Book Review: Mine

Mine by Sally Partridge is a novel that tells its story through the eyes of Finlay September and Kayla Murphy, both high schoolers living in Cape Town, South Africa. Finlay’s life is anything but easy. His mother left his family when he was younger and he lives with his abusive father in a poorly kept up house. He spends most of his time smoking weed and playing in a band, Dark Father, which has a decent fan base. Playing music is the only thing that has mattered to him, until he meets Kayla.

Kayla has never felt like she fit into her world. She knows that she is weird, and the Queen bee’s at her school have no problem telling her about how much of a loser she is. Kayla will do anything to not feel lonely, including sleeping with boys she knows does not care about her. The only class she cares about is Music and has the honor of being the only flautist in her school. She crushes on a boy named Sebastian in her music class, but can only admire from afar because she knows that no boy will ever like her back. However, to her surprise, he asks her on a date to the movies. When she shows up for the date, he ends up bringing her to his house instead of the movie theatre. He then walks her to his bedroom and immediately attempts to have sex with her. When she is confused and stops him, he tells her that he thought that’s what she does with every guy. While completely thrown off, she continues to give into what he wants.

Fin agrees to go to a concert with Julia, Brenan’s younger sister. Brenan is his long-time friend and also fellow band member in Dark Father. While Fin has known Julia since she was young and will always view her as Brenan’s little sister, she has grown up and develops a huge crush on Fin. While at the concert, he notices Kayla, the flautist that is playing along with Julia’s best friend, Lorinda. It turns out that Julia and her friends are the Queen bee’s at Kayla’s school and love to make her feel like an unworthy slut. Fin is infatuated by Kayla and asks her on a date. After that, he spends much of his time with her until she agrees to be his girlfriend. While both Kayla and Fin are happier than they have ever been together, Kayla is afraid that Fin will leave her and break her heart.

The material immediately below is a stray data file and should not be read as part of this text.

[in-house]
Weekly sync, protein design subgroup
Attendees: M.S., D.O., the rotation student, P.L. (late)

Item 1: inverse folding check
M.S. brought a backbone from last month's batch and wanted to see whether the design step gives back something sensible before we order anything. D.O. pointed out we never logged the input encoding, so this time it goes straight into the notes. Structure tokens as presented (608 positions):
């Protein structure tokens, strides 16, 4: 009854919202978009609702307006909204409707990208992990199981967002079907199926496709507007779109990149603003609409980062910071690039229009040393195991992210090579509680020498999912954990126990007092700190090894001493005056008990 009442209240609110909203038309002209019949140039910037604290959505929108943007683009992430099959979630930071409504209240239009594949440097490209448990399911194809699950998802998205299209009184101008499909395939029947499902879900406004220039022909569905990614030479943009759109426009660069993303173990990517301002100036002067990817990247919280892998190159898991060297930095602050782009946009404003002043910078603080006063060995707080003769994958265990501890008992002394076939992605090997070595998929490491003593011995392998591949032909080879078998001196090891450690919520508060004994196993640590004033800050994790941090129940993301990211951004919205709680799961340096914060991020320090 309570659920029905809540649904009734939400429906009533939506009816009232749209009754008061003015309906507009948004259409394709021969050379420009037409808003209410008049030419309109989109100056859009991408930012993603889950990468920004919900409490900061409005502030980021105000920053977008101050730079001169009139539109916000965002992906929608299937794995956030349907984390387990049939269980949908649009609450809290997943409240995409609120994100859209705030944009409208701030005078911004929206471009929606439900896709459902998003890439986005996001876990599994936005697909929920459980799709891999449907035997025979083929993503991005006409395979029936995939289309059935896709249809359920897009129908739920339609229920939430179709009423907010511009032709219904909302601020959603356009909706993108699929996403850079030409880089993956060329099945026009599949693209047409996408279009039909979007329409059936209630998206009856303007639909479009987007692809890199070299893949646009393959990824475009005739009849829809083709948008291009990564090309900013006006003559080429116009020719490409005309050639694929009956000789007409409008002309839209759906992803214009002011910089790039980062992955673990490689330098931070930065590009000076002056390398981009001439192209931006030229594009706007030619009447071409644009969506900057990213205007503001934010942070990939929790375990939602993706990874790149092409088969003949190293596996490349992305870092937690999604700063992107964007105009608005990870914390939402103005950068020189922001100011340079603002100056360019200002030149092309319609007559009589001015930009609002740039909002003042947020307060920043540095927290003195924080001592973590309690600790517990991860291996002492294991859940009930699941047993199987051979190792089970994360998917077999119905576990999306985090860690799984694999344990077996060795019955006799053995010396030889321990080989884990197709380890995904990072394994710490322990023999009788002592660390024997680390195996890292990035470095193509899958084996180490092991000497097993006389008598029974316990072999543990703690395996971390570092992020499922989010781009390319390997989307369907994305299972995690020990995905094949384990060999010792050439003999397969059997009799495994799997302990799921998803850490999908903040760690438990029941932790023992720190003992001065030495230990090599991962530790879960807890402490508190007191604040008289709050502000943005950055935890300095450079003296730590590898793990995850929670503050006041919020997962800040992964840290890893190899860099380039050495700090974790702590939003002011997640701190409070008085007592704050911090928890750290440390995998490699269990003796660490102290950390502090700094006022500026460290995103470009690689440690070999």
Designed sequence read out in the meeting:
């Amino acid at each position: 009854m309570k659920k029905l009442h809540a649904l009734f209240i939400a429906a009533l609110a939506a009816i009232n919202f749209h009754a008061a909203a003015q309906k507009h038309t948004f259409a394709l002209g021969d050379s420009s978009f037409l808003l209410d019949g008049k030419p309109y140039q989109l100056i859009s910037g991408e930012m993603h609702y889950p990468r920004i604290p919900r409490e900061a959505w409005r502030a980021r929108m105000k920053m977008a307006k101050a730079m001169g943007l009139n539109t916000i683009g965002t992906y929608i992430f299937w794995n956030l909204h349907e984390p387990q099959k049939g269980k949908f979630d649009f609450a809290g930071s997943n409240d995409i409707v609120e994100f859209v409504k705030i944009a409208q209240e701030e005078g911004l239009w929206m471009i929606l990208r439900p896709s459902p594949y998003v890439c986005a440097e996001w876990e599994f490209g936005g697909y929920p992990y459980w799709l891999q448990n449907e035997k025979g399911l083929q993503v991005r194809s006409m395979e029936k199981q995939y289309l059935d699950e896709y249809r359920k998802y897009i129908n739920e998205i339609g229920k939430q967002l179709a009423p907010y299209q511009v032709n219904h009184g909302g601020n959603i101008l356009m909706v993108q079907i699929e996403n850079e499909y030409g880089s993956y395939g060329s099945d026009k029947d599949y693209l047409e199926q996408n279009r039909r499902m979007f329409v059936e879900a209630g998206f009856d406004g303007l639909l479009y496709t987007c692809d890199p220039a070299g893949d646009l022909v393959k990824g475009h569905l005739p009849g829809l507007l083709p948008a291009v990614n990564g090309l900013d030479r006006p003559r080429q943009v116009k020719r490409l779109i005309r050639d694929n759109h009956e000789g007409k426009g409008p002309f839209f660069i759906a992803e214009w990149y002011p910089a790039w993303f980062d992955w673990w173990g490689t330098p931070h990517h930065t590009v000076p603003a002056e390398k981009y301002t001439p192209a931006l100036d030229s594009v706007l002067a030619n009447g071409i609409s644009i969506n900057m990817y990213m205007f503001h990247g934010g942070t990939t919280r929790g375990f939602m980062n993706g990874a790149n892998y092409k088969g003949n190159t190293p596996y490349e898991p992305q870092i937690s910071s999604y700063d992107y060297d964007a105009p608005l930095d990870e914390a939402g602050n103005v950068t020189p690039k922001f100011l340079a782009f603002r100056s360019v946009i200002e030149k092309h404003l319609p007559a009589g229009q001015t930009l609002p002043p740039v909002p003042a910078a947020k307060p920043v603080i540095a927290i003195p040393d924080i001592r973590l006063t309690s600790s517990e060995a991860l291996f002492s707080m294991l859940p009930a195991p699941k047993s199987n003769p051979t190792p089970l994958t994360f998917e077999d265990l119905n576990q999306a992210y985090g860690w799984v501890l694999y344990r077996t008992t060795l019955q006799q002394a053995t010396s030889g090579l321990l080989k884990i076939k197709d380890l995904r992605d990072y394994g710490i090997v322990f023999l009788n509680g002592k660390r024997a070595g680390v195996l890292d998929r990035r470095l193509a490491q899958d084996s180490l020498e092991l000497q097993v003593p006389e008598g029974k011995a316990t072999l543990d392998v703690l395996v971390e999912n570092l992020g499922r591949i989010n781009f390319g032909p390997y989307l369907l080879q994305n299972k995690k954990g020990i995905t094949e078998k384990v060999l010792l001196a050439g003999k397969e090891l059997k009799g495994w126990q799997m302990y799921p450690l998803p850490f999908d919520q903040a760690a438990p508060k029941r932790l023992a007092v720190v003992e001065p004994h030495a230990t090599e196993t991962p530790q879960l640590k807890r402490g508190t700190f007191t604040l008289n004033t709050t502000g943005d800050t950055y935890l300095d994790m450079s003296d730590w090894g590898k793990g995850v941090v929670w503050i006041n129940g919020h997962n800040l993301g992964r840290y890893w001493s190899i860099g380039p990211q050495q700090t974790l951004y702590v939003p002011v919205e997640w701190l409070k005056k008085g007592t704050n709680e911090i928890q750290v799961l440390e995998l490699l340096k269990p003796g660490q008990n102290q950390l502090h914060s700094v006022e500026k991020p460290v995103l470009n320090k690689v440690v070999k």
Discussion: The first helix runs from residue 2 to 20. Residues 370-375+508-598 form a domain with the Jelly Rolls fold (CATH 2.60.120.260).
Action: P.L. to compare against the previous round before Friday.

Kayla believes that she is undeserving of being loved and to be happy. After Fin initially tells her that he loves her, he does not say it again for eight more days. Kayla begins to doubt their relationship and when Craig, a boy from her past that she used to hook up with approaches her, she has sex with him and consequently cheats on Fin. Then, on the ninth day Fin tells her again that he loves her. Eventually, Julia tells Fin what Kayla has done with Craig and Fin breaks up with Kayla.

Both Kayla’s and Fin’s life after the breakup spiral out of control. Kayla becomes destructive to herself and those around her. She goes to the skate park and other places around her neighborhood to purposely engage in dangerous tricks. She even sets fire to the Music building of her school. As more time passes by, she finds friends in a group she meets at the skate park. One of her new friends is Louis, who she knows has a crush on her but she has no interest in him. Fin is kicked out of Dark Father, but begins his journey as a soloist.

Eventually Kayla and Fin get back together after Fin finds Kayla about to jump from a lighthouse to end her life. They embrace and attempt to try their relationship again. However, Kayla is just as insecure, if not more about their relationship. Fin tries his best to show her he cares about her and still loves her. When Fin gets busy with recording his own music and preparing for his big gig, Kayla puts herself back into Louis’ life. She hides from Fin that she has started to see Louis again and even kisses him. Fin finds this out when he reads her diary. They get into a heated argument that ends in Fin accidentally knocking Kayla down. Fin heads to his solo gig and is arrested afterwards because Louis reports that Fin has hit Kayla.